Nine Graphic Design Visionaries You Should Follow on Instagram

9 Graphic Design Visionaries You Should Follow on Instagram

graphic design visionaries can give us a little extra boost. With that in mind, here are nine of the best graphics experts you can follow on Instagram.

Arguably the most masterful calligraphy proponent on the internet, Seb Lester is known for his unique reinterpretations of famous logos. Companies like the New York Times, Gap and Nike as well as big-name franchises like Star Wars and Harry Potter have all been given the Lester treatment in recent years. Seb makes things even more interesting with his engaging videos, which untangle tired brains and give viewers fresh perspective.

If you need to create an upbeat message but don’t have the energy to form a cohesive plan, look no further than the works of Anthony Burrill. Based in Kent, Burrill graduated from the Royal College of Art in London and went on to find worldwide fame as a print maker and graphic artist. A king of typographic design, he crafts mainly text-based compositions and compelling posters, some of which have found permanent homes in cultural and design-centric museums around the world. Anthony Burrill’s illustrious clients have included Apple, Google and the London Underground.

UK-based designer Mike Kus was one of the very first creatives to make an account on Instagram, and he still maintains a strong presence there today. Kus presents Britain as almost nobody else can, shooting and posting stunning shots of the coastline and interspersing those photographs with cityscapes, country scenes and artistic compositions. If you like geometry, join almost a million other social media users and start following Mike Kus’ Instagram account: you won’t be disappointed.

Heavily involved in film, Annie Atkins’ designs revolve mainly around graphics props. Her previous projects have included The Grand Budapest Hotel, Penny Dreadful, The Boxtrolls and other well-known films. If you find yourself looking at movie backdrops and scenes, wondering, “Where do they get those props from?” you’ll really enjoy Atkins’ Instagram account. As well as her professional work, Annie posts regular pictures of her surroundings and frequently hosts courses on graphic design for filmmaking for followers who want to take things one step further.

Austrian designer Stefan Sagmeister lives and works in New York City, where he forms one half of the full-service creative agency Sagmeister and Walsh. He guides his clients through the entire creative process, from idea generation to prototype production and beyond. Sagmeister and Walsh specialize in brand creation, commercials, books, apps, and many other project types. Renowned in the graphic design world, Stefan Sagmeister was voted the most influential graphic design visionaries of the past 20 years by Computer Arts Magazine.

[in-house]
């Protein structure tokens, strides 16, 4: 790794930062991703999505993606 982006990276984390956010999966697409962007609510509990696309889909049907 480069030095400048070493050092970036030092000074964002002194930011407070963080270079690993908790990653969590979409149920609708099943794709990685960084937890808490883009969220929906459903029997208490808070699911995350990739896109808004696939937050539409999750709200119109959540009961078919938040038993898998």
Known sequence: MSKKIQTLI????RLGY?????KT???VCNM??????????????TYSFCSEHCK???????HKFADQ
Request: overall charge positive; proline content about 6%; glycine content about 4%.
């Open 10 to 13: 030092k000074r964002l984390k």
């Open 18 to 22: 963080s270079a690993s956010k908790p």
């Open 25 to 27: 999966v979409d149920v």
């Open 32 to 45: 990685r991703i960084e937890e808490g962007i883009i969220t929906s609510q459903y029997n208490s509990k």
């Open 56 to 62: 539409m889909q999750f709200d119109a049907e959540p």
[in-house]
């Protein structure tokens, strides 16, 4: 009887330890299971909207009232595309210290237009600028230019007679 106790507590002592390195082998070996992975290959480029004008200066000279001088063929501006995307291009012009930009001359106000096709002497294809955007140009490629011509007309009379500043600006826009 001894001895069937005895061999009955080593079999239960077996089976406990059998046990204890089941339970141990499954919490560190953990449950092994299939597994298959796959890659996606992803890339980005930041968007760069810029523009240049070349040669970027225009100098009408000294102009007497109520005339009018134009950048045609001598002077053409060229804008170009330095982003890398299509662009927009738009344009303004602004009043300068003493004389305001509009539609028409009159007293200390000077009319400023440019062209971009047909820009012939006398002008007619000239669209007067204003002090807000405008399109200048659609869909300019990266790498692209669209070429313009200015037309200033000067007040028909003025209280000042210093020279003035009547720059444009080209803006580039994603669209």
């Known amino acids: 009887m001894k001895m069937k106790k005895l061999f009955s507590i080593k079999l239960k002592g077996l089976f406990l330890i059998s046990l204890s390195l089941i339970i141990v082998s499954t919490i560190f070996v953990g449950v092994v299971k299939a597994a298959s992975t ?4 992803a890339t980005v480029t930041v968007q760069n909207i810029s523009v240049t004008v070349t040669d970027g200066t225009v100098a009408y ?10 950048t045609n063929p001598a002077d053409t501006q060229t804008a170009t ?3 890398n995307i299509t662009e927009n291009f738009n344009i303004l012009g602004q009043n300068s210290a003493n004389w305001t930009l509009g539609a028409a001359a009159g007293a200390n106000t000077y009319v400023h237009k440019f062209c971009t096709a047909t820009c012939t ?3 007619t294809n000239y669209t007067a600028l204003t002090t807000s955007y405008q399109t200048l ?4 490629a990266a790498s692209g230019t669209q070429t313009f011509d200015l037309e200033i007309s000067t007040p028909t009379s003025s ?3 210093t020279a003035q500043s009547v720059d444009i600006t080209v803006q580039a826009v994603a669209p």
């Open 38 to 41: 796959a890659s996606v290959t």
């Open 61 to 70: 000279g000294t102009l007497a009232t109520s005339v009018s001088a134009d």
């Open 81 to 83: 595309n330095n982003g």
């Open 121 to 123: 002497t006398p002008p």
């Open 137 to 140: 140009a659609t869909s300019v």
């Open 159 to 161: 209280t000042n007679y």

Kate Moross takes the world and distills its color to produce some of the most outstanding and vibrant designs we’ve ever seen. From models with multicolored hair to high-definition party shots, Moross’ Instagram account is a trove of vivid inspiration. Bubblegum pop-infused props and a love of Japan stand out in all her designs, which pack enough punch to get you working on the dullest day. A self-ordained “problem solver,” Computer Arts Magazine recently named Kate Moross as one of the three most inspiring creative professionals of the last two decades.

Known for his sophisticated style and his unique take on typography, Brooklyn-based Barcelona native Alex Trochut uses angular geometry to his advantage. Trochut’s body of work includes magazine spreads, book covers, bags, posters and many other striking designs. The professional music industry loves Alex’s work, and his clients have included Katy Perry, The Rolling Stones, Wiz Khalifa and Vampire Weekend. He’s also worked on a freelance basis for the New York Times, Penguin classics and other prestigious publications.

Evocative and deeply nostalgic, the photographs on Brenton Clarke Little’s Instagram stream slow you down, bringing life into sharp focus. Clarke Little has a magical way of capturing mist over water, smoke, snow and other natural phenomena. He’s also a great portrait photographer, capturing the genuine spirit of his subjects in a street-photographer’s lens. An experienced drummer, Brenton’s love of music also plays a large part in his creative processes.

A favorite among packaging designers, Riley Cran’s designs are effective, colorful and incredibly fun. Riley’s clients have included Amazon, Red Bubble, Condé Nast and Yale University, and his work has been recognized by publications like LogoLounge, HOW Magazine and Communication Arts. If you enjoy Cran’s work and want to include a little of his creativity in your own projects, visit Lost Type, which he founded in 2011, to purchase unique typefaces your own clients will love.

Surf Away!

When you’re feeling burned out, blue or just a little tied, you can fire up your Instagram feed and scan through the latest offerings by these artists to gain a bit of additional pep. Many graphics professionals find it helpful to create a record of the designs they find most compelling. You can do that via Pinterest, or if you prefer something more tangible, you could physically print out your favorite Instagram photos and paste them into a good old-fashioned notebook. It’s up to you. Who knows—in five years, you might make the list of graphic design visionaries as you inspire others to keep their creative juices flowing.

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